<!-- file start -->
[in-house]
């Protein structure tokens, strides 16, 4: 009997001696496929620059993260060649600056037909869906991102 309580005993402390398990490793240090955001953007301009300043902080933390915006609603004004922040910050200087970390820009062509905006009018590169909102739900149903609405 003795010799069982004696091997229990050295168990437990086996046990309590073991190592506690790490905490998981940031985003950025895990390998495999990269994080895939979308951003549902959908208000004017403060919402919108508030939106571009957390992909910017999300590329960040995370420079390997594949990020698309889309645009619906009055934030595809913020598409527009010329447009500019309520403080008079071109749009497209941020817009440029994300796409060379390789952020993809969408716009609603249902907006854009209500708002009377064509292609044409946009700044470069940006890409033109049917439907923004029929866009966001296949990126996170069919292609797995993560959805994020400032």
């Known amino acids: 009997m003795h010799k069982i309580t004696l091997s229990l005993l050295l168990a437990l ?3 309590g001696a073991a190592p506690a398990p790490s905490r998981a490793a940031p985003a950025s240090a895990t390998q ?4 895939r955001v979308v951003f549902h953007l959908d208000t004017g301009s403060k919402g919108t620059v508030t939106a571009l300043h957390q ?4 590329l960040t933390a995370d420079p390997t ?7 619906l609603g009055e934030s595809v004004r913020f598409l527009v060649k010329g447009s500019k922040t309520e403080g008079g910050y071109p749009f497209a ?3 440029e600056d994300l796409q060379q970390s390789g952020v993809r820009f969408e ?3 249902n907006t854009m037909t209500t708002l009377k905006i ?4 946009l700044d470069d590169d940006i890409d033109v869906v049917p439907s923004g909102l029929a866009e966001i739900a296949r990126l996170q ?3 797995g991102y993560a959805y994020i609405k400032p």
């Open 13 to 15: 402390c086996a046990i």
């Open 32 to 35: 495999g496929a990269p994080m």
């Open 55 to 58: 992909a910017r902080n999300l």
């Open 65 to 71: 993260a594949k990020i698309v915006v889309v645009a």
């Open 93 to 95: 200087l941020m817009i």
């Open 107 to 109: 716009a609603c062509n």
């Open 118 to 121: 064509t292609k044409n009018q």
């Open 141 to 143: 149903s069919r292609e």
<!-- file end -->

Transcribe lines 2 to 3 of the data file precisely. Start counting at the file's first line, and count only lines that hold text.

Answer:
């Protein structure tokens, strides 16, 4: 009997001696496929620059993260060649600056037909869906991102 309580005993402390398990490793240090955001953007301009300043902080933390915006609603004004922040910050200087970390820009062509905006009018590169909102739900149903609405 003795010799069982004696091997229990050295168990437990086996046990309590073991190592506690790490905490998981940031985003950025895990390998495999990269994080895939979308951003549902959908208000004017403060919402919108508030939106571009957390992909910017999300590329960040995370420079390997594949990020698309889309645009619906009055934030595809913020598409527009010329447009500019309520403080008079071109749009497209941020817009440029994300796409060379390789952020993809969408716009609603249902907006854009209500708002009377064509292609044409946009700044470069940006890409033109049917439907923004029929866009966001296949990126996170069919292609797995993560959805994020400032």
């Known amino acids: 009997m003795h010799k069982i309580t004696l091997s229990l005993l050295l168990a437990l ?3 309590g001696a073991a190592p506690a398990p790490s905490r998981a490793a940031p985003a950025s240090a895990t390998q ?4 895939r955001v979308v951003f549902h953007l959908d208000t004017g301009s403060k919402g919108t620059v508030t939106a571009l300043h957390q ?4 590329l960040t933390a995370d420079p390997t ?7 619906l609603g009055e934030s595809v004004r913020f598409l527009v060649k010329g447009s500019k922040t309520e403080g008079g910050y071109p749009f497209a ?3 440029e600056d994300l796409q060379q970390s390789g952020v993809r820009f969408e ?3 249902n907006t854009m037909t209500t708002l009377k905006i ?4 946009l700044d470069d590169d940006i890409d033109v869906v049917p439907s923004g909102l029929a866009e966001i739900a296949r990126l996170q ?3 797995g991102y993560a959805y994020i609405k400032p």